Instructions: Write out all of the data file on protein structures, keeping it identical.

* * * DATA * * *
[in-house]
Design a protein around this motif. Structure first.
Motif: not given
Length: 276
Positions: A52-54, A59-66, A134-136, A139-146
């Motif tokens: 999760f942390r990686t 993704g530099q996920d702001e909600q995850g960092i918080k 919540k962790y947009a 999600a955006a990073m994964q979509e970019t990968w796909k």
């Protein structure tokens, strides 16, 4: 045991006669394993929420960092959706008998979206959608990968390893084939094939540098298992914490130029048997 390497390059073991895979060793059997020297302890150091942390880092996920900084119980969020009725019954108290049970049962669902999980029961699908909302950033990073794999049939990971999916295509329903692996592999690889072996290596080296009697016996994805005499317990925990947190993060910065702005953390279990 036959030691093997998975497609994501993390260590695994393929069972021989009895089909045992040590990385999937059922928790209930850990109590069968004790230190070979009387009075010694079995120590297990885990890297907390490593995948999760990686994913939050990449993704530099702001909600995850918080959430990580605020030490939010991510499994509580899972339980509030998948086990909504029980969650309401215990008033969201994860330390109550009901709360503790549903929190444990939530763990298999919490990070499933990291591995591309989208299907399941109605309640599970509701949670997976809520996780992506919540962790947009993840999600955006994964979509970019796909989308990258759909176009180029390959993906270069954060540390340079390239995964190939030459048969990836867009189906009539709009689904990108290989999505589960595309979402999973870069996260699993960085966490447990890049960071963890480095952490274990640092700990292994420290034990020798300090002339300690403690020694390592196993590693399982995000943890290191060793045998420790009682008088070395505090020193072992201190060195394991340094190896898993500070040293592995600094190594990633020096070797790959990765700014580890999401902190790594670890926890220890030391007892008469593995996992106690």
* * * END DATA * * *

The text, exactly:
[in-house]
Design a protein around this motif. Structure first.
Motif: not given
Length: 276
Positions: A52-54, A59-66, A134-136, A139-146
């Motif tokens: 999760f942390r990686t 993704g530099q996920d702001e909600q995850g960092i918080k 919540k962790y947009a 999600a955006a990073m994964q979509e970019t990968w796909k």
């Protein structure tokens, strides 16, 4: 045991006669394993929420960092959706008998979206959608990968390893084939094939540098298992914490130029048997 390497390059073991895979060793059997020297302890150091942390880092996920900084119980969020009725019954108290049970049962669902999980029961699908909302950033990073794999049939990971999916295509329903692996592999690889072996290596080296009697016996994805005499317990925990947190993060910065702005953390279990 036959030691093997998975497609994501993390260590695994393929069972021989009895089909045992040590990385999937059922928790209930850990109590069968004790230190070979009387009075010694079995120590297990885990890297907390490593995948999760990686994913939050990449993704530099702001909600995850918080959430990580605020030490939010991510499994509580899972339980509030998948086990909504029980969650309401215990008033969201994860330390109550009901709360503790549903929190444990939530763990298999919490990070499933990291591995591309989208299907399941109605309640599970509701949670997976809520996780992506919540962790947009993840999600955006994964979509970019796909989308990258759909176009180029390959993906270069954060540390340079390239995964190939030459048969990836867009189906009539709009689904990108290989999505589960595309979402999973870069996260699993960085966490447990890049960071963890480095952490274990640092700990292994420290034990020798300090002339300690403690020694390592196993590693399982995000943890290191060793045998420790009682008088070395505090020193072992201190060195394991340094190896898993500070040293592995600094190594990633020096070797790959990765700014580890999401902190790594670890926890220890030391007892008469593995996992106690």